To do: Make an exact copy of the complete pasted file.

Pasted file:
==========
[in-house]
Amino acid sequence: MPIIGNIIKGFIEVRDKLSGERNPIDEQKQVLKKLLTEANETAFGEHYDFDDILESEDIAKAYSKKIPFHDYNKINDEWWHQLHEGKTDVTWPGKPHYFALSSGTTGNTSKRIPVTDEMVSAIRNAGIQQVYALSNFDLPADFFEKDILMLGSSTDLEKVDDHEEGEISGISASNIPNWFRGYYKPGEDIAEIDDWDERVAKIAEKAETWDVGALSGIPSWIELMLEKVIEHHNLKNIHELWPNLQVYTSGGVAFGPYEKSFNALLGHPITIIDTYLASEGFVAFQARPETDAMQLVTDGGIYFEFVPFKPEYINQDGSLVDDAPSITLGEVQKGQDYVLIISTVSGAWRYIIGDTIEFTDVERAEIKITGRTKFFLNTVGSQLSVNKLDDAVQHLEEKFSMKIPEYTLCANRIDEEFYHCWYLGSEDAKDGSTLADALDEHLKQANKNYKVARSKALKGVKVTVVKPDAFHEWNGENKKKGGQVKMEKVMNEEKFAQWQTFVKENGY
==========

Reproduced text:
[in-house]
Amino acid sequence: MPIIGNIIKGFIEVRDKLSGERNPIDEQKQVLKKLLTEANETAFGEHYDFDDILESEDIAKAYSKKIPFHDYNKINDEWWHQLHEGKTDVTWPGKPHYFALSSGTTGNTSKRIPVTDEMVSAIRNAGIQQVYALSNFDLPADFFEKDILMLGSSTDLEKVDDHEEGEISGISASNIPNWFRGYYKPGEDIAEIDDWDERVAKIAEKAETWDVGALSGIPSWIELMLEKVIEHHNLKNIHELWPNLQVYTSGGVAFGPYEKSFNALLGHPITIIDTYLASEGFVAFQARPETDAMQLVTDGGIYFEFVPFKPEYINQDGSLVDDAPSITLGEVQKGQDYVLIISTVSGAWRYIIGDTIEFTDVERAEIKITGRTKFFLNTVGSQLSVNKLDDAVQHLEEKFSMKIPEYTLCANRIDEEFYHCWYLGSEDAKDGSTLADALDEHLKQANKNYKVARSKALKGVKVTVVKPDAFHEWNGENKKKGGQVKMEKVMNEEKFAQWQTFVKENGY